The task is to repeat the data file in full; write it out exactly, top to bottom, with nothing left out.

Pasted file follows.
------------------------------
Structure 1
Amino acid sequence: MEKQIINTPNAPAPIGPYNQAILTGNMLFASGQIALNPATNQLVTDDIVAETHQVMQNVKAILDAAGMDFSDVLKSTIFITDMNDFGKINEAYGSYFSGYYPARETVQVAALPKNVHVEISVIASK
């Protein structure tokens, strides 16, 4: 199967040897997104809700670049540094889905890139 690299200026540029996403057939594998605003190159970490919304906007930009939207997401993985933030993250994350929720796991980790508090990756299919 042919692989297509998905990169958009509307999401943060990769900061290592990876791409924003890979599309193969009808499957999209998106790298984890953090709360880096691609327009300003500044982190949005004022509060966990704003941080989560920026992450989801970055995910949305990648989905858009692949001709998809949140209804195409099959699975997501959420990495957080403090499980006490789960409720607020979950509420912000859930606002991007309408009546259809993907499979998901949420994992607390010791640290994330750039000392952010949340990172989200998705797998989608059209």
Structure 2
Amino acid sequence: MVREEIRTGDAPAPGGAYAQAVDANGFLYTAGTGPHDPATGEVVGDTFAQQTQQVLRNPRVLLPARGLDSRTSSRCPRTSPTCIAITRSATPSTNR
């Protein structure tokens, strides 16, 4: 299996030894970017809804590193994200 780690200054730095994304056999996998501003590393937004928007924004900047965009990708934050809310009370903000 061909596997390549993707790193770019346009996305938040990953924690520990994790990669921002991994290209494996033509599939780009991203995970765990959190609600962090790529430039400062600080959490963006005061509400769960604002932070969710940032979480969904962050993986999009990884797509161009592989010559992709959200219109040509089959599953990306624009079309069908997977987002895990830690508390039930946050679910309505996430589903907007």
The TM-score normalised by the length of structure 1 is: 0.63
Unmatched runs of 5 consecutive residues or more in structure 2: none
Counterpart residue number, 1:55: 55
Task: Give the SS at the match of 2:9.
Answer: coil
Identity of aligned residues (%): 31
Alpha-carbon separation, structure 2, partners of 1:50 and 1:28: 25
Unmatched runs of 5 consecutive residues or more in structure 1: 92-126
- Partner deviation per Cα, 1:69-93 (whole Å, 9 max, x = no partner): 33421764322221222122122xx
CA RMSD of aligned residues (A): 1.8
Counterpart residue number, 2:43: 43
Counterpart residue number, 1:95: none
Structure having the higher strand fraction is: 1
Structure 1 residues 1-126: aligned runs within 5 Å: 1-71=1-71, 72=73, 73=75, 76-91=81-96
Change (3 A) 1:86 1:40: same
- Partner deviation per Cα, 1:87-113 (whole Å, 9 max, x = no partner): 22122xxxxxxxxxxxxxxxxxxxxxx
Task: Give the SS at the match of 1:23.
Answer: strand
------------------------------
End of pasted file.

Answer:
Structure 1
Amino acid sequence: MEKQIINTPNAPAPIGPYNQAILTGNMLFASGQIALNPATNQLVTDDIVAETHQVMQNVKAILDAAGMDFSDVLKSTIFITDMNDFGKINEAYGSYFSGYYPARETVQVAALPKNVHVEISVIASK
């Protein structure tokens, strides 16, 4: 199967040897997104809700670049540094889905890139 690299200026540029996403057939594998605003190159970490919304906007930009939207997401993985933030993250994350929720796991980790508090990756299919 042919692989297509998905990169958009509307999401943060990769900061290592990876791409924003890979599309193969009808499957999209998106790298984890953090709360880096691609327009300003500044982190949005004022509060966990704003941080989560920026992450989801970055995910949305990648989905858009692949001709998809949140209804195409099959699975997501959420990495957080403090499980006490789960409720607020979950509420912000859930606002991007309408009546259809993907499979998901949420994992607390010791640290994330750039000392952010949340990172989200998705797998989608059209």
Structure 2
Amino acid sequence: MVREEIRTGDAPAPGGAYAQAVDANGFLYTAGTGPHDPATGEVVGDTFAQQTQQVLRNPRVLLPARGLDSRTSSRCPRTSPTCIAITRSATPSTNR
């Protein structure tokens, strides 16, 4: 299996030894970017809804590193994200 780690200054730095994304056999996998501003590393937004928007924004900047965009990708934050809310009370903000 061909596997390549993707790193770019346009996305938040990953924690520990994790990669921002991994290209494996033509599939780009991203995970765990959190609600962090790529430039400062600080959490963006005061509400769960604002932070969710940032979480969904962050993986999009990884797509161009592989010559992709959200219109040509089959599953990306624009079309069908997977987002895990830690508390039930946050679910309505996430589903907007």
The TM-score normalised by the length of structure 1 is: 0.63
Unmatched runs of 5 consecutive residues or more in structure 2: none
Counterpart residue number, 1:55: 55
Task: Give the SS at the match of 2:9.
Answer: coil
Identity of aligned residues (%): 31
Alpha-carbon separation, structure 2, partners of 1:50 and 1:28: 25
Unmatched runs of 5 consecutive residues or more in structure 1: 92-126
- Partner deviation per Cα, 1:69-93 (whole Å, 9 max, x = no partner): 33421764322221222122122xx
CA RMSD of aligned residues (A): 1.8
Counterpart residue number, 2:43: 43
Counterpart residue number, 1:95: none
Structure having the higher strand fraction is: 1
Structure 1 residues 1-126: aligned runs within 5 Å: 1-71=1-71, 72=73, 73=75, 76-91=81-96
Change (3 A) 1:86 1:40: same
- Partner deviation per Cα, 1:87-113 (whole Å, 9 max, x = no partner): 22122xxxxxxxxxxxxxxxxxxxxxx
Task: Give the SS at the match of 1:23.
Answer: strand